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I had one of these years back.   Very useful gadget.  It's basically an RF oscillator with a grid current meter.  So you can use it as a signal generator to test out radios and the like.  And since it has a grid-current meter, you can put it next to a L/C circuit and you'll get a "Dip" in the grid current at resonance, so you can verify the working and frequency and approximate "Q" of a tuned  circuit.  very useful, as old radios had a lot of tuned circuits.  If you dial back the knob until it just stops oscillating, it becomes a tuned RF voltmeter, very useful in debugging and tuning up live oscillator and transmitter stages.    All of the frequency and voltage and stability aspects were very approximate and not going to put Boonton or HP out of business, but good enough for many purposes.    Heath made a smaller, newer one years later using transistors and tunnel diodes, but they were not as good as this old tube-based one.   You just could not get as good a "dip" with those low-impedance transistors and tunel diodes.

 

 

Susan Rambo
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Blogger
Re: Grid dip meter
Susan Rambo   11/28/2013 11:41:58 AM
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Very nice, @Jonathan Allen. Would you paste some images of it in the comments so we can see your Eico 710? Thanks!

Michael.Thomas_#5
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Rookie
Re: Heathkits!
Michael.Thomas_#5   11/28/2013 4:54:26 AM
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Early PCBs made with paper and phenolic or glue broke down under high voltage. No arcing or leakage over 1" of air.

Some military designs used a half-way system of epoxy boards with solder wrap posts. Made flying components a bit more controlled.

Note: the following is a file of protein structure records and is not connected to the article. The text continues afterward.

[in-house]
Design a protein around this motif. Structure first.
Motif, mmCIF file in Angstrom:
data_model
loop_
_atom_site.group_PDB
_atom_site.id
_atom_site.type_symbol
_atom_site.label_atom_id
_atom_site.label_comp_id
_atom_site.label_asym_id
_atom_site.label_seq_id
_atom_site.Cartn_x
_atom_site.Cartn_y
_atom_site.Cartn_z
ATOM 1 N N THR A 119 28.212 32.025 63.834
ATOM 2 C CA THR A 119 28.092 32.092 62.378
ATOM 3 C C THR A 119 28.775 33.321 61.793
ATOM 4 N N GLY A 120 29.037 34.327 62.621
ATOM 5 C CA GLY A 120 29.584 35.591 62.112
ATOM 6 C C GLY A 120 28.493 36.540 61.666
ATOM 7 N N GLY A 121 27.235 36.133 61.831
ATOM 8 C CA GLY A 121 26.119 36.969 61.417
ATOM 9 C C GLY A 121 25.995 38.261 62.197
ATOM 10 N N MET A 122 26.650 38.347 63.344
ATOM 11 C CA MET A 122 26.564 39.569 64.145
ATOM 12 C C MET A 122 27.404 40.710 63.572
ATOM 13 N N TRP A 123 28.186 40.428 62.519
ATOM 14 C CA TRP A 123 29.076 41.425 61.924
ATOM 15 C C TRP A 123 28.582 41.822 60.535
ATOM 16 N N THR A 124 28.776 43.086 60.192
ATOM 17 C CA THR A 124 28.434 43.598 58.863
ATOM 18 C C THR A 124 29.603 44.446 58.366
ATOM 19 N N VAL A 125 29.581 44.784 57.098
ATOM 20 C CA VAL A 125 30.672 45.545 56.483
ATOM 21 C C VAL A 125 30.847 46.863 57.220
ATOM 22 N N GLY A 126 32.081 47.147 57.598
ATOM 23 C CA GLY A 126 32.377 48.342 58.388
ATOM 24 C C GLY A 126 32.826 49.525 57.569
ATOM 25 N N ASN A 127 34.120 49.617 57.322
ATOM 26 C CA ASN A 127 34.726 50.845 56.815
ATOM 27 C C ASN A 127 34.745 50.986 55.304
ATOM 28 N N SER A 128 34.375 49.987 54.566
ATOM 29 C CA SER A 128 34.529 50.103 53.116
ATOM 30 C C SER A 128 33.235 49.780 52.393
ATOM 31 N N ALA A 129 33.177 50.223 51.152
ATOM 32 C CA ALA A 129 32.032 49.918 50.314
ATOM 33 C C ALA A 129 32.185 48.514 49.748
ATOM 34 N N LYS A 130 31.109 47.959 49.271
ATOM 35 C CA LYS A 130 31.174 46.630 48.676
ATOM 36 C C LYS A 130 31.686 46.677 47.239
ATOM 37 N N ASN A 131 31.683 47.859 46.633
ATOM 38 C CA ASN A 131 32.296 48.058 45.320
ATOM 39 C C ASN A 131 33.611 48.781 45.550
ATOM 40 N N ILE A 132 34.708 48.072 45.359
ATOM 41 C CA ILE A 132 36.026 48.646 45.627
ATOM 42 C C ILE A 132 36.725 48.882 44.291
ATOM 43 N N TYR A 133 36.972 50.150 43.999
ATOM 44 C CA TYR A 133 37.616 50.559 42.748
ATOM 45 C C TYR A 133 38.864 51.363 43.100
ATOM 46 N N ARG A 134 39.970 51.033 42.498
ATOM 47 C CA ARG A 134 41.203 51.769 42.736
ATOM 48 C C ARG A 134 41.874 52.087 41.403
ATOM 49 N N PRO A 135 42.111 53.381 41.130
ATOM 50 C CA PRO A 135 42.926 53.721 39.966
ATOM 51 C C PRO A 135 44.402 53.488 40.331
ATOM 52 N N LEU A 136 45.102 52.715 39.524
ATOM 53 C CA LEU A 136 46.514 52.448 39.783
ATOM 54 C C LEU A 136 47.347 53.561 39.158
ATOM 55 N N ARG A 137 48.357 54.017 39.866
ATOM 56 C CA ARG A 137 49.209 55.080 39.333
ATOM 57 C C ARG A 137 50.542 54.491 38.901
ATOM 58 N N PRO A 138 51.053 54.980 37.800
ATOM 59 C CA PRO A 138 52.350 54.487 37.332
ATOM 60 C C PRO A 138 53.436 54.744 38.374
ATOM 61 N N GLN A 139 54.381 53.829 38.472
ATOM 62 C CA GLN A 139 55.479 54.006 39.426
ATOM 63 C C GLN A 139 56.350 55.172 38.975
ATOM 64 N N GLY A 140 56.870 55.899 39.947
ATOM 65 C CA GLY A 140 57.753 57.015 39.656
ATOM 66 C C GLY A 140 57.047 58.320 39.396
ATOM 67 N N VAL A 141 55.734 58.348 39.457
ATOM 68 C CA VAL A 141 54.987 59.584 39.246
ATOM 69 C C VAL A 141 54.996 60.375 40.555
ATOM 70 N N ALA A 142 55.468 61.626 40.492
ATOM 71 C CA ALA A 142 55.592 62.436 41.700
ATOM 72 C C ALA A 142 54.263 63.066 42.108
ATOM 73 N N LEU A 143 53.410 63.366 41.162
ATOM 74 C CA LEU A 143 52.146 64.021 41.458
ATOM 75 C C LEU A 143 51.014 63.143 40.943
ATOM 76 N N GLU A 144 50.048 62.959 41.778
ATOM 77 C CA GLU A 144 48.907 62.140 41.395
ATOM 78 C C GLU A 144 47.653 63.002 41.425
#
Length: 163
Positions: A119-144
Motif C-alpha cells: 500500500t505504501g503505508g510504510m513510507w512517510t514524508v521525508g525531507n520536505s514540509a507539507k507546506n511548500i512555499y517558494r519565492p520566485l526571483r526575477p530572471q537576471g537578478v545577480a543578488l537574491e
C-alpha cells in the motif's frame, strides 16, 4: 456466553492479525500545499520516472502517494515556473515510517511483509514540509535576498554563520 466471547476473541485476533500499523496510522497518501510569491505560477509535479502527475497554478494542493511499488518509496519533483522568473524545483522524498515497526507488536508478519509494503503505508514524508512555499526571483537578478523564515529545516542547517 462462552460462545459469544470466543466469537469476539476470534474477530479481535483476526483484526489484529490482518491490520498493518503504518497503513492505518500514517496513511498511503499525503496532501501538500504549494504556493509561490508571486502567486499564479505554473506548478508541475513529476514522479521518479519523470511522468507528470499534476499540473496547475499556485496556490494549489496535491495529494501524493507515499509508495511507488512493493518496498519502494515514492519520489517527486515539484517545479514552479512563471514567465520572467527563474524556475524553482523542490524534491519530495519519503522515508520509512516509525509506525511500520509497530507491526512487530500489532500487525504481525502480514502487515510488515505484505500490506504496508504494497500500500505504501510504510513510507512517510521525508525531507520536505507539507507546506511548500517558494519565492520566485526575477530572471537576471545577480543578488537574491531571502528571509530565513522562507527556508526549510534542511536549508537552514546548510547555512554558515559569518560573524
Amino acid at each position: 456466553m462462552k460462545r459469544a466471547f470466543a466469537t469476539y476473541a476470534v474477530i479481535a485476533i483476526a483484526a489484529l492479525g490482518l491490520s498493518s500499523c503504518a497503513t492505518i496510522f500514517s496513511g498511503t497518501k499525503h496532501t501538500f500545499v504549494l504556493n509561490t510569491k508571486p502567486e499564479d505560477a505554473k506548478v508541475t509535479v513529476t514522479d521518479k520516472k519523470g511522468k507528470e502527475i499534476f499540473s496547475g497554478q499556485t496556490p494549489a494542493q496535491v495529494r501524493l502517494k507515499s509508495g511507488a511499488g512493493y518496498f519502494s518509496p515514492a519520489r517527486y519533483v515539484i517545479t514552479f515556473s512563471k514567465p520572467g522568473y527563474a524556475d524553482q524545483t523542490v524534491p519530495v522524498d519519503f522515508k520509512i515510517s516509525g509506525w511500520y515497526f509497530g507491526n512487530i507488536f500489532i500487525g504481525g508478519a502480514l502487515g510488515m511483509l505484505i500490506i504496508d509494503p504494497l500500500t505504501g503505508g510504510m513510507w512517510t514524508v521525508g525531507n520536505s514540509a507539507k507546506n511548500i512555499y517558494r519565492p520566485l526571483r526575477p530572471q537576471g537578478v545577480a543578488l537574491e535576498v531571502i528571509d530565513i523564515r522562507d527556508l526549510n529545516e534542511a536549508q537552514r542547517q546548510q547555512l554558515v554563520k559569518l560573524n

Cremo0
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Frequency range
Cremo0   11/28/2013 3:53:50 AM
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The frequency range covers 2MHz to 250MHZ

Bert22306
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CEO
Re: Heathkits!
Bert22306   11/27/2013 11:41:22 PM
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I too noticed all those "flying" components. That's the way most tube circuits we designed, I'd say until the 1960s perhaps. That's when you started seeing PCBs, even in some tubed electronics (miniature tubes mostly).

I bought a Knight Kit VOM way back Freshman year in college, and am still using it to this day. No tubes. Just passive components hanginmg out in mid air, as it were.

David Ashton
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Re: My cousin had one!
David Ashton   11/27/2013 9:57:07 PM
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Pity you did not get the coils Caleb, I daresay it would work still.....

I have a friend who is a "ham" and he wanted me to help him make a GDO.  I found a nice circuit with a FET that does from the 100's of KHz up to the mid 100's of MHz.     If it works, maybe I should get into the kit business.....

David Ashton
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Re: Heathkits!
David Ashton   11/27/2013 9:49:28 PM
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@robotgrrl....    "Noticed the 'mighty' capacitor in your GD-1A. .... Why were capacitors so big back then?"

They have decreased a bit in size, especially high voltage electrolytics....think it;s something to do with the etching of the foil plates - and thinner foil.

But smaller is not always better - as I once found out:

http://www.eetimes.com/author.asp?section_id=36&doc_id=1284545